Wells prided himself on the fact that there had been no deception. Jane knew all about the affair. This was not the first one, and it would not be the last. Jane was his anchor, his foundation, his sanity–there was no question of his living without Jane–but he suffered from a sexual restlessness that he had long ago ceased to resist. This particular manifestation of it had been set in motion in September of 1912, in the drawing room of Easton Glebe. Rebecca West was a rising nineteen-year-old journalist who wrote fierce, witty pieces for the suffragette paper The New Freewoman and the Clarion. H. G. Wells was already a world-famous author with influential friends, a classically pretty wife, and two small sons. At this point, Wells was best known for scientific romances like The Time Machine, but he had recently written a series of scandalous novels examining the relations between the sexes, several of which were banned from circulating libraries, denounced from pulpits, and attacked in newspaper editorials for poisoning the minds of young people with their promiscuous morals. In her role as professional provocateur, Rebecca had just written a taunting review of the latest: "Of course, he is the old maid among novelists; even the sex obsession that lay clotted on Ann Veronica and The New Machiavelli like cold white sauce was merely an old maid's mania . . ." Somehow this critique had amused or intrigued him–who was this young woman?–and he invited her to lunch.
As soon as she walked in, she was overwhelmed by his unlikely magnetism: a small, round, middle-aged man, with extraordinary light blue eyes, thickets of eyebrows, and a mustache, he emanated the energetic confidence of a man highly valued by the world. For his part, Wells admired her wide brow, dark expressive eyes, and "splendid disturbed brain." As always, Rebecca arrived looking bright and disheveled, as if to broadcast that there were other, more pressing things on her mind than grooming; it was perhaps this tendency that inspired Virginia Woolf to write rather meanly: "Rebecca is a cross between a charwoman and gypsy, but as tenacious as a terrier, with flashing eyes, very shabby, rather dirty nails, immense vitality, bad taste, suspicion of intellectuals and great intelligence." At a certain point in the afternoon, Wells's wife, Jane, discreetly withdrew, leaving the two writers alone, and was, the young feminist noted, "charming, but a little bit effaced." Their lunch lasted for more than five hours.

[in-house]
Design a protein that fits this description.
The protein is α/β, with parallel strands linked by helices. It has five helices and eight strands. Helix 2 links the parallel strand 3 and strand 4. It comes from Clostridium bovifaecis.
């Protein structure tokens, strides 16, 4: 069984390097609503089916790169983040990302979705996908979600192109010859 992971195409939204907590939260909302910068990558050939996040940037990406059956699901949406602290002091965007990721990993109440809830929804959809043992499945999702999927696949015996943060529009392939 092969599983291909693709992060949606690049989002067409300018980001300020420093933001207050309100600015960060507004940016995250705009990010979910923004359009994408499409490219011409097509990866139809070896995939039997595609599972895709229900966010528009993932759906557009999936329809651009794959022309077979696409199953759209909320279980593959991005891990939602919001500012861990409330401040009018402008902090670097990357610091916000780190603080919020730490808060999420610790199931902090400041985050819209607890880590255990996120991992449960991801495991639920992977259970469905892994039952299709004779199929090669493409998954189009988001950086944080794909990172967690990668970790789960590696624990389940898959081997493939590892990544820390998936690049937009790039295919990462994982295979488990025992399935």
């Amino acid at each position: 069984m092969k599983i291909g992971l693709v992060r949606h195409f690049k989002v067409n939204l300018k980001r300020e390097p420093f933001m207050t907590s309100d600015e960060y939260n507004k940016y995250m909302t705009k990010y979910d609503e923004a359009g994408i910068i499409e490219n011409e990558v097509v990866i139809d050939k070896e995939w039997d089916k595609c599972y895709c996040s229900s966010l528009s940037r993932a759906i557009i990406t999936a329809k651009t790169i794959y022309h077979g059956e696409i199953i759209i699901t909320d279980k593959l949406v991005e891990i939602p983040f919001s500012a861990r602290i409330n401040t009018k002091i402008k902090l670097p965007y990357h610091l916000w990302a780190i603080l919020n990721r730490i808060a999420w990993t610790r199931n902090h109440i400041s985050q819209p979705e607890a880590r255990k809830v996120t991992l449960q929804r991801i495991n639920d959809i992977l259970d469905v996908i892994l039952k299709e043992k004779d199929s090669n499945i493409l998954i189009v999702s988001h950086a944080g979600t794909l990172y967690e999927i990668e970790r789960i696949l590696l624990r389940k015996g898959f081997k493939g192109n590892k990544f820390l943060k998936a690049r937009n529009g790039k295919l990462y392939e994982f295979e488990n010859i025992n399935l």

The next time Rebecca visited Wells at his London house they found themselves kissing in front of his bookshelves. With her usual boldness, Rebecca appears to have asked him to sleep with her and relieve her of her innocence. In this, she may or may not have been influenced by Wells's infamous young heroine, Ann Veronica, who threw herself at a married man, proclaiming in what now seems like an absurd piece of dialogue: "I want you. I want you to be my lover. I want to give myself to you." In any event, Wells wrote to her shortly afterward: "Dear Rebecca, You're a very compelling person. I suppose I shall have to do what you want me to do." But then, entangled with a long-term mistress, Elizabeth Von Arnim, and fearful of the damage yet more scandal would do to his reputation, he changed his mind. He and Rebecca wrangled back and forth over his decision, until he disappeared on a trip abroad. He had told Rebecca that even friendship between them would be impossible. The abrupt break launched Rebecca into great storms of melodrama. She had a theatrical streak, had in fact trained to be an actress before turning to writing. "You've literally ruined me," Rebecca wrote. "I am burned down to my foundations. I may build myself up again or I may not . . . I know you will derive immense satisfaction from thinking of me as an unbalanced young female who flopped about in your drawing room in an unnecessary heart attack." Rebecca emerged from the attenuated flirtation so distraught that her mother whisked her off on a restorative tour through Spain and France.
After reading her published accounts of the trip, Wells wrote to her: "You are writing gorgeously again. Please resume being friends." They began to see a little more of each other, and months later, when Wells quarreled with Elizabeth Von Arnim, whom he called "little e," he and Rebecca became lovers. The leisurely affair that might have ensued was cut short by a moment of carelessness, a rushed afternoon encounter in his London flat during which she conceived a child. By both accounts, it would appear to have been an accident, though Rebecca would later write wildly to her son that H. G. wantonly impregnated her "because he wanted the panache of having a child by the infant prodigy of the day." Given Wells's caution in approaching the affair and his fervor for secrecy this seems highly unlikely, but throughout her life Rebecca remained, on the subject of Wells, partial to colorful distortions and interesting slurs. As soon as he heard the news of her pregnancy, Wells's response was to tell his wife immediately. Wells told his wife everything. That was part of their pact. But for all three of them, the wartime baby would be a test of their forward-thinking ideas.